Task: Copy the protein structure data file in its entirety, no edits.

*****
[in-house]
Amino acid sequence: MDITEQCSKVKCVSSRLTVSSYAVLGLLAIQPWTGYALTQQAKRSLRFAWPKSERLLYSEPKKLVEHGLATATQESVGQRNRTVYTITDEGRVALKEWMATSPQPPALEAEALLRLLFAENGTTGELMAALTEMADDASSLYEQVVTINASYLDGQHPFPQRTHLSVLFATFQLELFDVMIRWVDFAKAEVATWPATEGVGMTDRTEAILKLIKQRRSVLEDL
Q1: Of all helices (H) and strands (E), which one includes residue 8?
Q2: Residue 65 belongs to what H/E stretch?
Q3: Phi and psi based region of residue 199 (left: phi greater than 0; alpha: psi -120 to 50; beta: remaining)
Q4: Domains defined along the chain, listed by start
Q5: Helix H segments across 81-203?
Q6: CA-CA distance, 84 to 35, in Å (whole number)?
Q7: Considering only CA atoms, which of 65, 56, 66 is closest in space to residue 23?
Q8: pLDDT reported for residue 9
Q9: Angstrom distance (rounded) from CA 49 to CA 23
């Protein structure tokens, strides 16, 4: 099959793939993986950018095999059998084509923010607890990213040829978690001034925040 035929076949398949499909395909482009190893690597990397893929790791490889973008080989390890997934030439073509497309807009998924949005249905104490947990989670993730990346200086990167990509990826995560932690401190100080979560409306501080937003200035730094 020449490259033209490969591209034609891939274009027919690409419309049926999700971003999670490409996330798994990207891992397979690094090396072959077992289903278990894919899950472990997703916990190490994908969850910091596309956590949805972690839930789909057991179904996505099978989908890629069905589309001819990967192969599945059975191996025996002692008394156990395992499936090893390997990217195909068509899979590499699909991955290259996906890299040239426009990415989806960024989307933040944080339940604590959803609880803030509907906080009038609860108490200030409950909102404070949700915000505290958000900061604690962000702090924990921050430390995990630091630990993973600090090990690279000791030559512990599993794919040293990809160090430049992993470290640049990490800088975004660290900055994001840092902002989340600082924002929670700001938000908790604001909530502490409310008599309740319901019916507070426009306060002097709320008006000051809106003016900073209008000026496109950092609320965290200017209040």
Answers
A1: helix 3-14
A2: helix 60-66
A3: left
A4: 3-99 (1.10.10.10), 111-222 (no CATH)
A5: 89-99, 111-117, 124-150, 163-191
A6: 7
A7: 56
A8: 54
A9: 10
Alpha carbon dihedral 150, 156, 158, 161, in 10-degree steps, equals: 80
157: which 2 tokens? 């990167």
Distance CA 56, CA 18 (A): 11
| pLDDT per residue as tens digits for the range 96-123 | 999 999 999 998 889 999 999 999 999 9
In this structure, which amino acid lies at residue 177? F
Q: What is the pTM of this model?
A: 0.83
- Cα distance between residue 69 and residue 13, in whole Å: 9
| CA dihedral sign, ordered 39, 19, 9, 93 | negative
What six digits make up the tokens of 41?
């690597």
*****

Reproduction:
[in-house]
Amino acid sequence: MDITEQCSKVKCVSSRLTVSSYAVLGLLAIQPWTGYALTQQAKRSLRFAWPKSERLLYSEPKKLVEHGLATATQESVGQRNRTVYTITDEGRVALKEWMATSPQPPALEAEALLRLLFAENGTTGELMAALTEMADDASSLYEQVVTINASYLDGQHPFPQRTHLSVLFATFQLELFDVMIRWVDFAKAEVATWPATEGVGMTDRTEAILKLIKQRRSVLEDL
Q1: Of all helices (H) and strands (E), which one includes residue 8?
Q2: Residue 65 belongs to what H/E stretch?
Q3: Phi and psi based region of residue 199 (left: phi greater than 0; alpha: psi -120 to 50; beta: remaining)
Q4: Domains defined along the chain, listed by start
Q5: Helix H segments across 81-203?
Q6: CA-CA distance, 84 to 35, in Å (whole number)?
Q7: Considering only CA atoms, which of 65, 56, 66 is closest in space to residue 23?
Q8: pLDDT reported for residue 9
Q9: Angstrom distance (rounded) from CA 49 to CA 23
């Protein structure tokens, strides 16, 4: 099959793939993986950018095999059998084509923010607890990213040829978690001034925040 035929076949398949499909395909482009190893690597990397893929790791490889973008080989390890997934030439073509497309807009998924949005249905104490947990989670993730990346200086990167990509990826995560932690401190100080979560409306501080937003200035730094 020449490259033209490969591209034609891939274009027919690409419309049926999700971003999670490409996330798994990207891992397979690094090396072959077992289903278990894919899950472990997703916990190490994908969850910091596309956590949805972690839930789909057991179904996505099978989908890629069905589309001819990967192969599945059975191996025996002692008394156990395992499936090893390997990217195909068509899979590499699909991955290259996906890299040239426009990415989806960024989307933040944080339940604590959803609880803030509907906080009038609860108490200030409950909102404070949700915000505290958000900061604690962000702090924990921050430390995990630091630990993973600090090990690279000791030559512990599993794919040293990809160090430049992993470290640049990490800088975004660290900055994001840092902002989340600082924002929670700001938000908790604001909530502490409310008599309740319901019916507070426009306060002097709320008006000051809106003016900073209008000026496109950092609320965290200017209040």
Answers
A1: helix 3-14
A2: helix 60-66
A3: left
A4: 3-99 (1.10.10.10), 111-222 (no CATH)
A5: 89-99, 111-117, 124-150, 163-191
A6: 7
A7: 56
A8: 54
A9: 10
Alpha carbon dihedral 150, 156, 158, 161, in 10-degree steps, equals: 80
157: which 2 tokens? 């990167």
Distance CA 56, CA 18 (A): 11
| pLDDT per residue as tens digits for the range 96-123 | 999 999 999 998 889 999 999 999 999 9
In this structure, which amino acid lies at residue 177? F
Q: What is the pTM of this model?
A: 0.83
- Cα distance between residue 69 and residue 13, in whole Å: 9
| CA dihedral sign, ordered 39, 19, 9, 93 | negative
What six digits make up the tokens of 41?
């690597």